The One-Hundred-Year Old Man Who Climbed Out of the Window and Disappeared by Jonas Jonasson

A short history of the 20th century (sort of). 100-year-old Allan Karlsson is dissatisfied with his existence and has decided to die.

A series of unfortunate events (re:blowing his home up for the second time) has lead Allan to living in an old folks home, with the despised director Alice and his comforting pee slippers. Allan, never one to accept circumstances when he can’t get a good meal and nice drink decides just hours before his one hundredth birthday party to slip out the window and make his way back into the world.  Unfortunately, while making his escape, he steals the suitcase belonging to a criminal organization. Less unfortunately, it is full of money. What ensues would be, for most of us, the adventure of a lifetime but for Allan is just one more odd occurrence in the long line of odd occurrences in the search of vodka.

I loved this book.

Spending time with many of his peers in my line of  work I inherently fOne Hundred Drinking Gameind Allan was a very likeable character. The writing style reminded me a bit of Janet Evanovich where odd behaviors are explained in simple statements.

Every evening while reading this book I’d describe to my husband where Allan had been that day and what he had done, my husband responded “he sounds like Forest Gump”. Indeed, Allan  has the ability to find unique situations, but the story is less serious and more whimsical than Forest Gump.

For the most part the book has received rave reviews; however, the negative reviews I have seen often describe it as “boring” which I don’t quite get. It’s quirky, odd, funny, strange but definitely not boring.

Read this book if:

  • You wished Forest Gump was a bit… funnier.
  • You want a fun read that doesn’t feel completely trashy.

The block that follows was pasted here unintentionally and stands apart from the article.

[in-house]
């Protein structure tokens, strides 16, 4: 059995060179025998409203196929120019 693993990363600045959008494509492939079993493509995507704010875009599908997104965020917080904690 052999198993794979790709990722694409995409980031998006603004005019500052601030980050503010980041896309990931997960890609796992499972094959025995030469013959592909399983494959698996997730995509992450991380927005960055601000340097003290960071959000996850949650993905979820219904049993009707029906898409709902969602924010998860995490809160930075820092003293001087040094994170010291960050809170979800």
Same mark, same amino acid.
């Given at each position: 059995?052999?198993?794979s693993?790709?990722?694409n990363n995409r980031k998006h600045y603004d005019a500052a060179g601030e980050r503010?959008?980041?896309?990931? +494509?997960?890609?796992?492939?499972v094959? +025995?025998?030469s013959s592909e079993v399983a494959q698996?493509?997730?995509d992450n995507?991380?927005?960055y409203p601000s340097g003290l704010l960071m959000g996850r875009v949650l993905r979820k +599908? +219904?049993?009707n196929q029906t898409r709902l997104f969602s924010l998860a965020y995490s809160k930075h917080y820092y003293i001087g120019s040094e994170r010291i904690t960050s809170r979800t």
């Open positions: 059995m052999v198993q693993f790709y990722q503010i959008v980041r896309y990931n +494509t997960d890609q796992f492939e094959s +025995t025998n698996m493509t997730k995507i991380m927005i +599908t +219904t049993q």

• You like the idea of combining James Bond with the movie Dick (not a porn.  It’s a comedy about Nixon.  See below)

Skip this book if:

  • You can’t let go. This book requires imagination and humor. If you need to stick to facts and deep character development  it’s best to move along.
  • You go to Amazon’s “Look Inside” and don’t like the first couple pages.  You’ll either get it or you won’t.
  • You spend a lot of time yelling at a TV screen “THAT’S IMPOSSIBLE”

If You Loved The 100 Year Old Man Try:

  •  Mrs Queen Takes the Train  by William Kuhn if you loved Alan’s story but disliked the flashbacks.
  • Kimjongilia by Victor Fox if you want a (supposedly) true story that is just as unbelievable and dealing some of the same people.
  •  Where’d Yo Go Bernadette by Maria Semple if you want Allan in a uber-intelligent child-like form.

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About Kaitey Moore 40 Articles
Kaitlin Moore Morley is passionate about storytelling, the kind of our imagination and the kind of our experiences. She works as a hospital chaplain where she collects love stories and as a pastor where she collect biblical narrative. She holds an undergraduate in Social Anthropology from the University of Manchester in England and a Master of Divinity from Asbury Theological Seminary in Kentucky. She lives in Evansville, Indiana in an old (very cold) Victorian house with her husband, Darren and their dog Olga.

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